When George Wyndham was departing for the Rio 2016 Paralympic Games from Freetown, he left without any celebration associated with sportsmen but on getting to Brazil, he started grabbing headline with his inspiring story, which has gone viral on social media.

As the only flagbearer from the West African country, George Wyndham was not deterred by the challenges he has been facing since making up his mind to embrace table tennis as a polio victim.

For the 26-year-old table tennis star competing in Brazil is beyond winning medal but inspiring more disable athletes as well changing the perception of many people about disability.

George Wyndham looks at his life in the Athletes’ Village in Rio and is surprised at the sheer contrast with his life back home in Sierra Leone where his only home is an office in the national stadium.

Struggling to support himself, George Wyndham relies on the National Paralympic Committee for his accommodation.

Narrating his story to the International Paralympic Committee (IPC) website, Wyndham hopes he can change the perception of people with impairments.

At the Games Village in Rio, he has accessible accommodation, his own bedroom, a fitness centre and a massive dining hall but in Sierra Leone, Wyndham lives in his training facility.

“Now I am in Brazil living the biggest life,” Wyndham said. “But when I go home to my country, I am a sufferer. With all that I am doing, with all my achievements, you couldn’t believe I am staying in one of the offices in the stadium.”

Despite targeting a quarterfinal berth, Wyndham believes his ambitions stretch beyond athletics performance. “I really want to be the man who can change sports in my country,” he said. “My dream is to see a delegation of 30 or 40 athletes going to a Games from Sierra Leone. I want more facilities and more equipment to incorporate other people with impairments in Sierra Leone.”

After contracting polio at tender age, Wyndham embraced para sports at 11 when he started with athletics, but after watching people playing table tennis he developed interest in the sport.

But despite the passion for table tennis, his interest began to wane after considering that he could not afford to buy the wheelchair. “I said no, I cannot move like how these guys are moving,” he said.

But on returning home from school, he discovered that one of the table tennis coaches has come to convince her mother to allow him take to the sport. Wyndham gave in and grew to like to sport. “I became so interested in the game that I started to skip school to come and train,” Wyndham said.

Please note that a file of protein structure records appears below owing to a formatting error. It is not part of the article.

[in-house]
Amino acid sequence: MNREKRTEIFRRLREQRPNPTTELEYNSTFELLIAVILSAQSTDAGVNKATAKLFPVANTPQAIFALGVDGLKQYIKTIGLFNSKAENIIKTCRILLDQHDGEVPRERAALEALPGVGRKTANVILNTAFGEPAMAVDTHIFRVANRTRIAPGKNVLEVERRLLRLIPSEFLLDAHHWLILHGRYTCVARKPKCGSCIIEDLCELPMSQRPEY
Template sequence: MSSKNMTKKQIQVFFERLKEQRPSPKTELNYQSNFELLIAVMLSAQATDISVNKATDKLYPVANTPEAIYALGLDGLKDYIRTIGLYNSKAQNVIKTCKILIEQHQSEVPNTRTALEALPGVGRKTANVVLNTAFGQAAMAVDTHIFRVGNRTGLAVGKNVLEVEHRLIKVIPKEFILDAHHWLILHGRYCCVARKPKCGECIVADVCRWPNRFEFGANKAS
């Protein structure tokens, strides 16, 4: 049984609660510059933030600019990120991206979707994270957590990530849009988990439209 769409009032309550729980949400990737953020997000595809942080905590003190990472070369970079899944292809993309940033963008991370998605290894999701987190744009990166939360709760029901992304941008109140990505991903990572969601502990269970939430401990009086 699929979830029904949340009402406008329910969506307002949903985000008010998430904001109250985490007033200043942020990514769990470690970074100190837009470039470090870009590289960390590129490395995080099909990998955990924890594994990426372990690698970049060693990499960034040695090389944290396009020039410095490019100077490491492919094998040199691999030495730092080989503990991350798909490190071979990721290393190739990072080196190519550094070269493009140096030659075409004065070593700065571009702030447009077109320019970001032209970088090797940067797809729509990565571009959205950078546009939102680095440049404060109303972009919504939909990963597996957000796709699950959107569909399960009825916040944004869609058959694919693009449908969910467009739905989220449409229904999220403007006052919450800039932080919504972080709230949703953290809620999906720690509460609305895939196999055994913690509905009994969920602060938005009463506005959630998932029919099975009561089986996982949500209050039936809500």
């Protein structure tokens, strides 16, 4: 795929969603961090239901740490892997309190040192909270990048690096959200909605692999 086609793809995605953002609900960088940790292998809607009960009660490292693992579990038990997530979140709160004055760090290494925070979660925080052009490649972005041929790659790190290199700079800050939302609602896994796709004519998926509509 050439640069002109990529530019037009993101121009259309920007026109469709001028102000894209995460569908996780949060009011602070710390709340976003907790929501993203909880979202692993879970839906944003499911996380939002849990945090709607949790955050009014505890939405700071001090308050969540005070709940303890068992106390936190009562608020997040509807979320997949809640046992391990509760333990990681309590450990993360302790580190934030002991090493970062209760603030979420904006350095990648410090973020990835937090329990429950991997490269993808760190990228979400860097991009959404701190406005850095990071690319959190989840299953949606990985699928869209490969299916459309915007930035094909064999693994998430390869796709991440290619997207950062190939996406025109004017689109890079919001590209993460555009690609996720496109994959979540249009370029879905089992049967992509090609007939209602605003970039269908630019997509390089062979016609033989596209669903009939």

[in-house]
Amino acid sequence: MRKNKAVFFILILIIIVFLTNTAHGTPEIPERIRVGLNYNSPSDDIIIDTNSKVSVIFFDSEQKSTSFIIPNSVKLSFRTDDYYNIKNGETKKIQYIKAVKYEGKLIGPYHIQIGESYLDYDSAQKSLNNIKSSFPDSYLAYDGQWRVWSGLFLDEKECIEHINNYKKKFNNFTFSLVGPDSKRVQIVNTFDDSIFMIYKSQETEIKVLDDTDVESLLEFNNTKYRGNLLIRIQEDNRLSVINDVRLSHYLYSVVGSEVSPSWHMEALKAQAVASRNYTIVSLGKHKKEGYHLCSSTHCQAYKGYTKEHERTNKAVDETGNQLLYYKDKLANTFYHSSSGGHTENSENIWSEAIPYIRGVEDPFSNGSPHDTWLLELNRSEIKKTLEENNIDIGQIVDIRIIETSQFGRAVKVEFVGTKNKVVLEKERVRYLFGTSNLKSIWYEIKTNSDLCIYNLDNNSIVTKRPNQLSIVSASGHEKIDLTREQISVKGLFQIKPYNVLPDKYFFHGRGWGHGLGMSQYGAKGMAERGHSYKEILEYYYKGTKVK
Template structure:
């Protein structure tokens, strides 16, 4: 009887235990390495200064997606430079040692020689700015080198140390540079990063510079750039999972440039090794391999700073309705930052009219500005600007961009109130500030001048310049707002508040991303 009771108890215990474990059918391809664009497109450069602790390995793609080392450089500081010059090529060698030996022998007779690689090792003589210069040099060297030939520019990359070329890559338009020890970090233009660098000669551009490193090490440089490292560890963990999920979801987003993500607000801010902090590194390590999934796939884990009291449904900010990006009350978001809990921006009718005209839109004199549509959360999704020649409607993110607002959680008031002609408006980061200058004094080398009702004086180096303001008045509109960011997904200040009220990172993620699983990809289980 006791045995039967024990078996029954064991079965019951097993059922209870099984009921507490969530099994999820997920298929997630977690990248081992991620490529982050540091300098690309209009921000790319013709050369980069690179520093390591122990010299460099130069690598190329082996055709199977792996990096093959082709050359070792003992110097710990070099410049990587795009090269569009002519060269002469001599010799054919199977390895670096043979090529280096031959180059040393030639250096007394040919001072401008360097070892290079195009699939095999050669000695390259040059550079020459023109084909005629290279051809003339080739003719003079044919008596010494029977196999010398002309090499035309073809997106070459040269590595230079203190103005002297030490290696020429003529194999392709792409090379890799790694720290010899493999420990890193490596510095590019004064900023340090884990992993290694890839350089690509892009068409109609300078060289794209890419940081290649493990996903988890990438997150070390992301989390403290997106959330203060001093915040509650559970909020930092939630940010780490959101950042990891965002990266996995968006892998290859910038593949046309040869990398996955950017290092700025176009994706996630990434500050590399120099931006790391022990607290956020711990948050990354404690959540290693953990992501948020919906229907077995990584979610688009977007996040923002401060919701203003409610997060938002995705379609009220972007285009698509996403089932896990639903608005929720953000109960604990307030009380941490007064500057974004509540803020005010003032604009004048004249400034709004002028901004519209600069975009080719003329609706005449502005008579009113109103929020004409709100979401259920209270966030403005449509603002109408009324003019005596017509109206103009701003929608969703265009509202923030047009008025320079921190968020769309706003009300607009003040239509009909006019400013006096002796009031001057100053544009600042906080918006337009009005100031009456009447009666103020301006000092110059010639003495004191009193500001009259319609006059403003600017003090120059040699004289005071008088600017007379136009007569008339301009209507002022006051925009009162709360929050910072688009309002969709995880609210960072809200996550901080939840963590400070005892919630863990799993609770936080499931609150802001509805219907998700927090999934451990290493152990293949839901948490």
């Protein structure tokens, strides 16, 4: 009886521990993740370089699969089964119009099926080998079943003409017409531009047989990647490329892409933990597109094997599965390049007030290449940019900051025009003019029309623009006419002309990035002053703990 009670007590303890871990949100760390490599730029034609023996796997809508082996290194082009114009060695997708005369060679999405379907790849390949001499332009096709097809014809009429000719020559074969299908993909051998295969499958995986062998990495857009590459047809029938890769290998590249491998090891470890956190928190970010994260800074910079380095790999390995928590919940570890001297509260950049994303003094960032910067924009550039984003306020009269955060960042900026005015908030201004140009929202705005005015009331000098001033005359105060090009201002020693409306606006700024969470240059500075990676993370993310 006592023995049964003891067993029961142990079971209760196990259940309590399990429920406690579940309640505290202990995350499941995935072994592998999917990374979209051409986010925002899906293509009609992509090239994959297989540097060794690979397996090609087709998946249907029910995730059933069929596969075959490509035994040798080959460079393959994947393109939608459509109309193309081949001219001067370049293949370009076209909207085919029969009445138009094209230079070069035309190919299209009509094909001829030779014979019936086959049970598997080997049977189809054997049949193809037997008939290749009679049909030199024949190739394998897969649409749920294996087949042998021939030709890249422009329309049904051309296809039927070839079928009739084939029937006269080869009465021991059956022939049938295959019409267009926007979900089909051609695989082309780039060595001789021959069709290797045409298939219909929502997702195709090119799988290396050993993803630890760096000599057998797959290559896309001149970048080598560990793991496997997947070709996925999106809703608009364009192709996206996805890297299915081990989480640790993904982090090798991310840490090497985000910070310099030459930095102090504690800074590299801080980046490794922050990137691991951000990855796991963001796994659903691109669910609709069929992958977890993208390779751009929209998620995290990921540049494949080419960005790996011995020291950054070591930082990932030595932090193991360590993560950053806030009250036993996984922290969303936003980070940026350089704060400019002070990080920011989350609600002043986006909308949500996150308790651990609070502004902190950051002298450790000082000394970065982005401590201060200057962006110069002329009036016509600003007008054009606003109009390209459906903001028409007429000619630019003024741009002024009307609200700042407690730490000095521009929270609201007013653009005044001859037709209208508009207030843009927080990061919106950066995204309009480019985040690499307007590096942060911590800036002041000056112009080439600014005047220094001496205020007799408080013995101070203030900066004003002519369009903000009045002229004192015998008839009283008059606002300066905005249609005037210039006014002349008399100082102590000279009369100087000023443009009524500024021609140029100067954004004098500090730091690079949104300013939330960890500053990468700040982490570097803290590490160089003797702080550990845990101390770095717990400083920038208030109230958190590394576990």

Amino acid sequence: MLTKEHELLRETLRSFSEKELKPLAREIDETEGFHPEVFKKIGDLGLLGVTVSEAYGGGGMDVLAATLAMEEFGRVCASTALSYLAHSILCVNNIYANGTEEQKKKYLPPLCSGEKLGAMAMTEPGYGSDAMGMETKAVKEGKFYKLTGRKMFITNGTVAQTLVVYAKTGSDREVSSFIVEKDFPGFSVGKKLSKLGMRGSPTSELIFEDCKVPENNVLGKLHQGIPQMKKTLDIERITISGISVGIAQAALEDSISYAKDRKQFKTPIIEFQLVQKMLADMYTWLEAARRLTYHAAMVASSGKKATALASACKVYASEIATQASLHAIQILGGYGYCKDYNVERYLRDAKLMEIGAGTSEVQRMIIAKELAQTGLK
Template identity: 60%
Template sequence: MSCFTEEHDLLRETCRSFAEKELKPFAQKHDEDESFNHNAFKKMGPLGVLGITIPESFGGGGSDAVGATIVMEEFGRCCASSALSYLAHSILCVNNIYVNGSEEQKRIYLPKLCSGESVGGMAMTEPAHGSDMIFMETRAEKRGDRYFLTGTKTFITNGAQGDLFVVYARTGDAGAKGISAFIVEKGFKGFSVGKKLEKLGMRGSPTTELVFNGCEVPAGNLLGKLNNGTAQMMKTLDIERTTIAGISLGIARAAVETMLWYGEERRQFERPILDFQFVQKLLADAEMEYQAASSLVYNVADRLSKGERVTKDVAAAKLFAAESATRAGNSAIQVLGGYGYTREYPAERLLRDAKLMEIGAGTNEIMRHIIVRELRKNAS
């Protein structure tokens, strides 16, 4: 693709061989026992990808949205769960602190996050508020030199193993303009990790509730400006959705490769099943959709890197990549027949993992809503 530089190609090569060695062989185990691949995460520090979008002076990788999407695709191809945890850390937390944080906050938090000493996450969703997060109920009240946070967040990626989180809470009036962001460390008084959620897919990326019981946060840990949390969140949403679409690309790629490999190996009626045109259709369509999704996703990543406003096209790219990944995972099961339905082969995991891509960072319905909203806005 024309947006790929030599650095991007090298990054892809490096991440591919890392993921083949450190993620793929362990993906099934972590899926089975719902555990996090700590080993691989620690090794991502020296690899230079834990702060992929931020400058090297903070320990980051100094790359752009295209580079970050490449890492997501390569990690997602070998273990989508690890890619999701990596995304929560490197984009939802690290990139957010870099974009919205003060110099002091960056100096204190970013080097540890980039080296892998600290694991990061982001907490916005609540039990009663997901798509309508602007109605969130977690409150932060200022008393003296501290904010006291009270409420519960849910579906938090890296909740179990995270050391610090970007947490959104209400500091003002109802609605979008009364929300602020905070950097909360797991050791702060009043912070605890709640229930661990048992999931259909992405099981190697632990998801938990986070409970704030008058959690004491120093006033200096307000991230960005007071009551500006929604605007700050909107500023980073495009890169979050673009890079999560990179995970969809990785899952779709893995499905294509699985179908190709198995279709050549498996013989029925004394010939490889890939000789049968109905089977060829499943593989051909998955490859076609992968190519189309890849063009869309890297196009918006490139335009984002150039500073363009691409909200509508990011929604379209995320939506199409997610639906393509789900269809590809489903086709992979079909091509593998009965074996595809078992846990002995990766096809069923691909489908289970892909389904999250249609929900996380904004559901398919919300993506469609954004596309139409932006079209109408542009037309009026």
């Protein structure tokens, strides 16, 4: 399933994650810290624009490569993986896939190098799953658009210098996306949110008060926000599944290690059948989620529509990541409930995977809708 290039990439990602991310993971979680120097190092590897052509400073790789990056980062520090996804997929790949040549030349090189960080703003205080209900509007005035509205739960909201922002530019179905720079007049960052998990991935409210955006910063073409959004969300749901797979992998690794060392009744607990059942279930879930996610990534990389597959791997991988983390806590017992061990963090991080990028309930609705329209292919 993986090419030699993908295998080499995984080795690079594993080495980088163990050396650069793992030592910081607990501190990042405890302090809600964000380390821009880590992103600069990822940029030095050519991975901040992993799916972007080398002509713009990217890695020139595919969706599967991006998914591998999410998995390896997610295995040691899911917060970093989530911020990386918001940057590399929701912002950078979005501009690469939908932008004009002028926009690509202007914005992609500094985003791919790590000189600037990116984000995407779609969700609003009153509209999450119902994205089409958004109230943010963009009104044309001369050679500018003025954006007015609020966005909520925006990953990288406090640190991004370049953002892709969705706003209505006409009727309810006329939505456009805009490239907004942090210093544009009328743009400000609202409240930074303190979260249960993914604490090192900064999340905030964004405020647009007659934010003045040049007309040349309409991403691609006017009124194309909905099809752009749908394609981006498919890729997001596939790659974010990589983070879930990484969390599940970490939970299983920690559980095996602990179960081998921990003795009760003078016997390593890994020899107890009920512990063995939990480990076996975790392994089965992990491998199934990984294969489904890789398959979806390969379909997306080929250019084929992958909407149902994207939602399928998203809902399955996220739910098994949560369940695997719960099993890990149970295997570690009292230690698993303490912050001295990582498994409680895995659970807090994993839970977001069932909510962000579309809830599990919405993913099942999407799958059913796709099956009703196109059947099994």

Since taking to the sports, his major medals include two bronzes, one each from the 2015 and 2013 African Championships while he has struggled to compete internationally.

Wyndham received a wild card to compete at the 2014 International Table Tennis Federation (ITTF) Para Table Tennis World Championships in Beijing, China. But he could not go because of the Ebola crisis in Sierra Leone. Again in 2015, he was invited to the Lignano Master Open, one of the biggest international tournaments. But he could not obtain a visa to travel to Italy. “I came back home and said ‘wow, this is very challenging’. The World Championships were gone. The Italy Master Open – gone,” he said.

“I think my absence at the World Championships motivated me. So I tried harder because I knew one day I would [have the potential] to go to another World Championships or Paralympics,” he said.

Rio 2016 was not on his plan but a rare opportunity of a lifetime came his way when he received a bipartite slot.

In Brazil, he sees the diversity of impairments and athletics accomplishments and it is something George Wyndham wishes people in his home country could witness.

“Ninety-nine per cent of people with impairments in Sierra Leone depend on street begging,” he said. “So if they take their time from training, then they lose the money that they could earn from begging.”

As the only Sierra Leonean athlete in Rio, George Wyndham believes it is a start of good thing to come.

“I’m really trying to make a difference in Sierra Leone,” he said. “I’m really trying to open the minds of the government and those thinking disabled people can do nothing,” George Wyndham said.